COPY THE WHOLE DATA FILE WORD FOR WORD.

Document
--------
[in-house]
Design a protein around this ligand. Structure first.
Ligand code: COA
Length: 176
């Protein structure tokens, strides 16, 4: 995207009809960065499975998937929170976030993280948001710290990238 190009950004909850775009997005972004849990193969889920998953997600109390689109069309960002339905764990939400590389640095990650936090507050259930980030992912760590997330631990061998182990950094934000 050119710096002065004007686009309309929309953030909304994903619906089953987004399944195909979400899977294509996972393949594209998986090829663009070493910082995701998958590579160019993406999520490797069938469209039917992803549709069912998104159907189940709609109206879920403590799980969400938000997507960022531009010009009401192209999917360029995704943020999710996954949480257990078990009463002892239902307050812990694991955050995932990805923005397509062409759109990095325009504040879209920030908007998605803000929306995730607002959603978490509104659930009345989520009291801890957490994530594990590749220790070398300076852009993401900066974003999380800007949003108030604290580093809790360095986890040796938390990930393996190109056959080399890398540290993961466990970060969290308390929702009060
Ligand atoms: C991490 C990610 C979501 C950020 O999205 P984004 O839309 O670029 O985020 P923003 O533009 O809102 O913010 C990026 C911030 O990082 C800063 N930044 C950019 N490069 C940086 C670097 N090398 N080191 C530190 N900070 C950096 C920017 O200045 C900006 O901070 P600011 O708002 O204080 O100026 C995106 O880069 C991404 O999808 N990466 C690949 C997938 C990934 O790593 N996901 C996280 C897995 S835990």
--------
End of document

[in-house]
Design a protein around this ligand. Structure first.
Ligand code: COA
Length: 176
């Protein structure tokens, strides 16, 4: 995207009809960065499975998937929170976030993280948001710290990238 190009950004909850775009997005972004849990193969889920998953997600109390689109069309960002339905764990939400590389640095990650936090507050259930980030992912760590997330631990061998182990950094934000 050119710096002065004007686009309309929309953030909304994903619906089953987004399944195909979400899977294509996972393949594209998986090829663009070493910082995701998958590579160019993406999520490797069938469209039917992803549709069912998104159907189940709609109206879920403590799980969400938000997507960022531009010009009401192209999917360029995704943020999710996954949480257990078990009463002892239902307050812990694991955050995932990805923005397509062409759109990095325009504040879209920030908007998605803000929306995730607002959603978490509104659930009345989520009291801890957490994530594990590749220790070398300076852009993401900066974003999380800007949003108030604290580093809790360095986890040796938390990930393996190109056959080399890398540290993961466990970060969290308390929702009060
Ligand atoms: C991490 C990610 C979501 C950020 O999205 P984004 O839309 O670029 O985020 P923003 O533009 O809102 O913010 C990026 C911030 O990082 C800063 N930044 C950019 N490069 C940086 C670097 N090398 N080191 C530190 N900070 C950096 C920017 O200045 C900006 O901070 P600011 O708002 O204080 O100026 C995106 O880069 C991404 O999808 N990466 C690949 C997938 C990934 O790593 N996901 C996280 C897995 S835990």